.com. Issa Makumbi, Epidemiological Surveillance Division, Ministry of Health Uganda, Kampala, Uganda, E-mail: [email protected]
Eric Mintz, Global WASH Epidemiology, Centers for Disease Control and Prevention, Atlanta, GA, E-mail: [email protected]
Martin A. Mengel, Agence de Médicine Préventive, Paris, France, E-mail: [email protected]
Christopher Garimoi Orach, Community Health and Behavioral Sciences, School of Public Health, Makerere University, Kampala, Uganda, E-mail: [email protected]
REFERENCES 1. Bhattacharya S, Black R, Bourgeois L, Clemens J, Cravioto A, Deen JL, Dougan G, Glass R, Grais RF, Greco M, Gust I, Holmgren J, Kariuki S, Lambert PH, Liu MA, Longini I, Nair GB, Norrby R, Nossal GJ, Ogra P, Sansonetti P, von Seidlein L, Songane F, Svennerholm AM, Steele D, Walker R, 2009. Public health. The cholera crisis in Africa. Science 324: 885. 2. Gaffga NH, Tauxe RV, Mintz ED, 2007. Cholera: a new homeland in Africa? Am J Trop Med Hyg 77: 705–713. 3. Glass RI, Claeson M, Blake PA, Waldman RJ, Pierce NF, 1991. Cholera in Africa: lessons on transmission and control for Latin America. Lancet 338: 791–795. 4. Naidoo A, Patric K, 2002. Cholera: a continuous epidemic in Africa. J R Soc Promot Health 122: 89–94. 5. Nkoko D, Giraudoux P, Plisnier P-D, Tinda A, Piarroux M, Sudre B, Horion S, Tamfum JJ, Ilunga BK, Piarroux R, 2011. Dynamics of cholera outbreaks in Great Lakes region of Africa, 1978–2008. Emerg Infect Dis 17: 2026–2034. 6. Mintz ED, Tauxe RV, 2013. Cholera in Africa: a closer look and a time for action. J Infect Dis 208 (Suppl 1): S4–S7. Available at: http://www.ncbi.nlm.nih.gov/pubmed/24101644. Accessed August 25, 2014. 7. World Health Organization, 2014. Cholera, 2013. Wkly Epidemiol Rec 89: 345–356. Available at: http://www.who.int/wer/en/. Accessed August 25, 2014. 8. Alajo SO, Nakavuma J, Erume J, 2006. Cholera in endemic districts in Uganda during El Niño rains: 2002–2003. Afr Health Sci 6: 93–97. 9. Andrawa M, Anguzu P, Anguaku A, Nalwadda C, Namusisi O, Tweheyo R, 2010. Risk factors for repeated cholera outbreak in Arua municipal council, north-western Uganda. Int J Infect Dis 14: e65. 10. Bwire G, Malimbo M, Maskery B, Kim YE, Mogasale V, Levin A, 2013. The burden of cholera in Uganda. PLoS Negl Trop Dis 7: e2545. 11. Bwire G, Malimbo M, Makumbi I, Kagirita A, Wamala JF, Kalyebi P, Bingi A, Gitta S, Mukanga D, Mengel M,
13. 14. 15. 16.
18. 19. 20. 21.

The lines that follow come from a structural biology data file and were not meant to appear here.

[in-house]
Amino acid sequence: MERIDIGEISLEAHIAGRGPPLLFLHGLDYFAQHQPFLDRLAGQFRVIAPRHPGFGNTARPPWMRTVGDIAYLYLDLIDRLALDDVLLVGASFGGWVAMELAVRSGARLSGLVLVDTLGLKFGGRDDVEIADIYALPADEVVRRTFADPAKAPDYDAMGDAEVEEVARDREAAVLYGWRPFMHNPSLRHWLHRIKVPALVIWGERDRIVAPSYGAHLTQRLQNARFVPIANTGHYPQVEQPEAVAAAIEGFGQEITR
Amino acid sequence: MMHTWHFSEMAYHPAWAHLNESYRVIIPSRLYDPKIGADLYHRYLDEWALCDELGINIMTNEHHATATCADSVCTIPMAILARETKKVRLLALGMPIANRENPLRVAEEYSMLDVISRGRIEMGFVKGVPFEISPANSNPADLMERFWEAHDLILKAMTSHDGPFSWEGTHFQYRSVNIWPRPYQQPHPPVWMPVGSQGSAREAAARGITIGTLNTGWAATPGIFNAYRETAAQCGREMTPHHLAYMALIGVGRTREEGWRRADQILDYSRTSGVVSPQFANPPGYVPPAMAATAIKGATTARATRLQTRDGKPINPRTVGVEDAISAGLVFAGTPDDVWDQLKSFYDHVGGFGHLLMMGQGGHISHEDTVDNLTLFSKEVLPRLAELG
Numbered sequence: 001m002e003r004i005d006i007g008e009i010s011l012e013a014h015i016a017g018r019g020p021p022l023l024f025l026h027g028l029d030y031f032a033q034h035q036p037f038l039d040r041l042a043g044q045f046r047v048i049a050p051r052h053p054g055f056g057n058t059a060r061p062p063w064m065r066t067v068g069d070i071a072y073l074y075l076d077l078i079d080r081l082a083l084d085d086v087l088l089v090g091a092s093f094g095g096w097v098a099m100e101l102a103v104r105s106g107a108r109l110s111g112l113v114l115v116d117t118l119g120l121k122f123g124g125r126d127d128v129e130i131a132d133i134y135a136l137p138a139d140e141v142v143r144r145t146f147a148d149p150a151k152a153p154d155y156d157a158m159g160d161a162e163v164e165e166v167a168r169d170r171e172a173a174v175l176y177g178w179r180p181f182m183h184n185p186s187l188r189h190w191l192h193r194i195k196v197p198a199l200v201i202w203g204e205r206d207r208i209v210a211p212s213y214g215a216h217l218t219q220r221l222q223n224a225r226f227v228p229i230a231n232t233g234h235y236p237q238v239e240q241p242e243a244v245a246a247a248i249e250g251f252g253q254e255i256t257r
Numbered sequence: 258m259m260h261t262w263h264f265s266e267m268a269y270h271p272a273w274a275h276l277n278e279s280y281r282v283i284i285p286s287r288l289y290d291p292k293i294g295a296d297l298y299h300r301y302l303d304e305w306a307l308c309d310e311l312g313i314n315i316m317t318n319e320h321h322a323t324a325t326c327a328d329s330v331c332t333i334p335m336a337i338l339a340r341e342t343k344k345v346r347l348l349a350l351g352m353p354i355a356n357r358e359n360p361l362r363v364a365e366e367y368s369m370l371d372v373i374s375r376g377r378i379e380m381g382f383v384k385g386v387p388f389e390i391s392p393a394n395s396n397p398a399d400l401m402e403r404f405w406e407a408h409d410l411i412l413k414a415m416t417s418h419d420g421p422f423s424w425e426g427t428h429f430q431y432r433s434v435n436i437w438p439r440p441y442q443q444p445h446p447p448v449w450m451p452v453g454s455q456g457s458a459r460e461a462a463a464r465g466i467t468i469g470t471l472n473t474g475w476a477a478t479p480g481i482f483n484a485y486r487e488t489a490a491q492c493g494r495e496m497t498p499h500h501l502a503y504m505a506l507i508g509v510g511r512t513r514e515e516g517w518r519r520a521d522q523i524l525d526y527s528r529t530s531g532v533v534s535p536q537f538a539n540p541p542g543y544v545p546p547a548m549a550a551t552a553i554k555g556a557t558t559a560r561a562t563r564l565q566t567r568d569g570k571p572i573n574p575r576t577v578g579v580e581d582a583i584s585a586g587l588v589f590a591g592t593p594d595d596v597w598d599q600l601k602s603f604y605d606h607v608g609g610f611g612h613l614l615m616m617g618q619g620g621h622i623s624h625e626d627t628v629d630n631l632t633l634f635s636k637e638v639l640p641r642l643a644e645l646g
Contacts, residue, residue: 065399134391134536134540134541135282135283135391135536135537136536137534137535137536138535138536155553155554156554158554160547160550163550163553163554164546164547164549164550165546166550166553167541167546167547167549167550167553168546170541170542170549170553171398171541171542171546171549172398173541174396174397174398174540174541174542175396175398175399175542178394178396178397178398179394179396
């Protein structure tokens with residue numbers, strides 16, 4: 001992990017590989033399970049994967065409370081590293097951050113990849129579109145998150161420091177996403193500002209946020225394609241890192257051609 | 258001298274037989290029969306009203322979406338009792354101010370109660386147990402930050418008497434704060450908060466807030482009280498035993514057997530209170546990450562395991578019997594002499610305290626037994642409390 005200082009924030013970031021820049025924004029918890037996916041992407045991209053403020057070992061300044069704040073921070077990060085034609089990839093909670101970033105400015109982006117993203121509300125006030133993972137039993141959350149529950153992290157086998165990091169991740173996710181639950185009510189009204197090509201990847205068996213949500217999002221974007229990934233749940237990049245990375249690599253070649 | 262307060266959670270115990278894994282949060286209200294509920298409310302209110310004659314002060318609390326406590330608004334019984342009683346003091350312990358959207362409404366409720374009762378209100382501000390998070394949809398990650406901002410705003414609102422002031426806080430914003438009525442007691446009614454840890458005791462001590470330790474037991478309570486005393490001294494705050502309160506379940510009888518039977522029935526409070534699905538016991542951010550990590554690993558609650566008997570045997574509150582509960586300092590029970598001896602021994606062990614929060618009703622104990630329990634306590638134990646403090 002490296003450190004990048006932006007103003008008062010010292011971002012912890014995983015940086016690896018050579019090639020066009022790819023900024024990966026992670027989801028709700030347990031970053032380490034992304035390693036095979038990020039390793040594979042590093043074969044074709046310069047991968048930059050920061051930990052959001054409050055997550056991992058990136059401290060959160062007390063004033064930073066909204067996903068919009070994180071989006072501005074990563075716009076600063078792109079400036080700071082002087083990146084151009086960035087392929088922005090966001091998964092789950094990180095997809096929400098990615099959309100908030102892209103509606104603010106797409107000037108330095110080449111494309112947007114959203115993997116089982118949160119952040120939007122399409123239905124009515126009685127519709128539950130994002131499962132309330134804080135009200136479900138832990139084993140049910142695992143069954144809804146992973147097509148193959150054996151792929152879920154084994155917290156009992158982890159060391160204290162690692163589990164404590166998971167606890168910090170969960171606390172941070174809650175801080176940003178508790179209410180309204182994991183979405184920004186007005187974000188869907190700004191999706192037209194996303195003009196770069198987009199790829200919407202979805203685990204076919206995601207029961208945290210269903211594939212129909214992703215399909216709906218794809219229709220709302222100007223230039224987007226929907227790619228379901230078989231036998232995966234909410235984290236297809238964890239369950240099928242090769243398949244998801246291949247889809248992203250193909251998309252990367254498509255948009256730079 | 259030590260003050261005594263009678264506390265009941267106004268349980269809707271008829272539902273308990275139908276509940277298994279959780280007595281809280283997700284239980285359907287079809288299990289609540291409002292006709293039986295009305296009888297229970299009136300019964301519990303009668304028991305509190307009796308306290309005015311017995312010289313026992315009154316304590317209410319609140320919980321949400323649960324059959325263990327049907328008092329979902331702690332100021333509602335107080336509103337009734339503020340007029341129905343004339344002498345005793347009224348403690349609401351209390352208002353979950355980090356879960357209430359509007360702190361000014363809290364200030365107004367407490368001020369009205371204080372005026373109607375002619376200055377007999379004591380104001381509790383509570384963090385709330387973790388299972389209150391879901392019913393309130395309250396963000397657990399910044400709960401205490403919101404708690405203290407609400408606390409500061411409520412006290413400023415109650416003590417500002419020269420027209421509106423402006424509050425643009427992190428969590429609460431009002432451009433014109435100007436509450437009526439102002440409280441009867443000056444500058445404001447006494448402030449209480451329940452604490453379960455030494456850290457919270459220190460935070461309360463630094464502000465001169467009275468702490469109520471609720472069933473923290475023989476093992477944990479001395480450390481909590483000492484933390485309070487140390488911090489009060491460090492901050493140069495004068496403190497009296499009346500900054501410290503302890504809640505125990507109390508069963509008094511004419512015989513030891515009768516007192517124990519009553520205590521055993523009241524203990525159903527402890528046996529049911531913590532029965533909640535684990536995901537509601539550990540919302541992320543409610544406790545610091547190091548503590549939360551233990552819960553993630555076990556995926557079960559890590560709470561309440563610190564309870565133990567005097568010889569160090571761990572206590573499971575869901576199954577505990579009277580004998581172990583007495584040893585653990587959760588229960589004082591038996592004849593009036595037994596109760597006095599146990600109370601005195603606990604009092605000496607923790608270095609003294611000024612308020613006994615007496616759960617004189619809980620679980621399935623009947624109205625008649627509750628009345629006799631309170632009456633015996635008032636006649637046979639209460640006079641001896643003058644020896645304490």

Dahlke M, 2013. Cholera surveillance in Uganda: an analysis of notifications for the years 2007–2011. J Infect Dis 208 (Suppl 1): S78–S85. Available at: http://www.ncbi.nlm.nih .gov/pubmed/24101649. Cummings MJ, Wamala JF, Eyura M, Malimbo M, Omeke ME, Mayer D, Lukwago L, 2012. A cholera outbreak among seminomadic pastoralists in northeastern Uganda: epidemiology and interventions. Epidemiol Infect 140: 1376–1385. Health Service Commission (Uganda), 2009. Health Service Commission Annual Report F/Y 2008/2009. Available at: http://www .hsc.go.ug/content/hsc-annual-report-20082009. Ball L, 2009. Cholera and the pump on Broad Street: the life and legacy of John Snow. History Teacher 43: 105–119. UNICEF, 2013. UNICEF Cholera Toolkit 2013, 251–255. Available at: http://www.unicef.org/cholera/Cholera-Toolkit-2013.pdf. World Health Organization, 2015. Prevention and Control of Cholera Outbreaks: WHO Policy and Recommendations, 5–6. Available at: http://www.who.int/cholera/prevention_control/ recommendations/en/#. World Health Organization, 2002. Prevention of Hospital-Acquired Infections: A Practical Guide, 2nd edition. Available at: http:// www.who.int/csr/resources/publications/WHO_CDS_CSR_EPH_ 2002_12/en/. Cliff JL, Zinkin P, Martelli A, 1986. A hospital outbreak of cholera in Maputo, Mozambique. Trans R Soc Trop Med Hyg 80: 473–476. Goh KT, Teo SH, Lam SLM, 1990. Person-to-person transmission of cholera in a psychiatric hospital. J Infect 20: 193–200. Available at: http://www.ncbi.nlm.nih.gov/pubmed/2341728. Mhalu FD, Mtango FSEMA, 1984. Hospital outbreak of cholera transmitted through close person-to-person contact. Lancet 2: 82–83. Guévart E, Solle J, Noeske J, Amougou G, Mouangue A, Fouda AB, 2005. Mass antibiotic prophylaxis against cholera in the New Bell central prison in Douala during the 2004 epidemic. Sante 15: 225–227. Vo TH, Le NH, Nuorti JP, Phan LT, Nhu N, Minh T, 2010. A cluster of cholera among patients in a Vietnamese district hospital in 2010. J Infect Dev Ctries 7: 910–913. Daniels NA, Simons SL, Rodrigues A, Gunnlaugsson G, Forster TS, Wells JG, Wells JG, Hutwagner L, Tauxe RV, Mintz ED, 1999. First do no harm: making oral rehydration solution safer in a cholera epidemic. Am J Trop Med Hyg 60: 1051–1055. Routh JA, Loharikar A, Fouché M-DB, Cartwright EJ, Roy SL, Ailes E, Archer WR, Tappero JW, Roels TH, Dahourou G, Quick RE, 2011. Rapid assessment of cholera-related deaths, Artibonite Department, Haiti, 2010. Emerg Infect Dis 17: 2139–2142. Ivers LC, Walton DA, 2012. The “first” case of cholera in Haiti: lessons for global health. Am J Trop Med Hyg 86: 36–38. Available at: http://www.pubmedcentral.nih.gov/articlerender .fcgi?artid=3247106&tool=pmcentrez&rendertype=abstract. Accessed July 3, 2014. UNICEF, 2012. Guidance Note on the Use of Oral Cholera Vaccines for UNICEF Guidance, 209–218. Available at: http://www .unicef.org/immunization/files/UNICEF_OCV_Guidance_20_ July2012_final.pdf.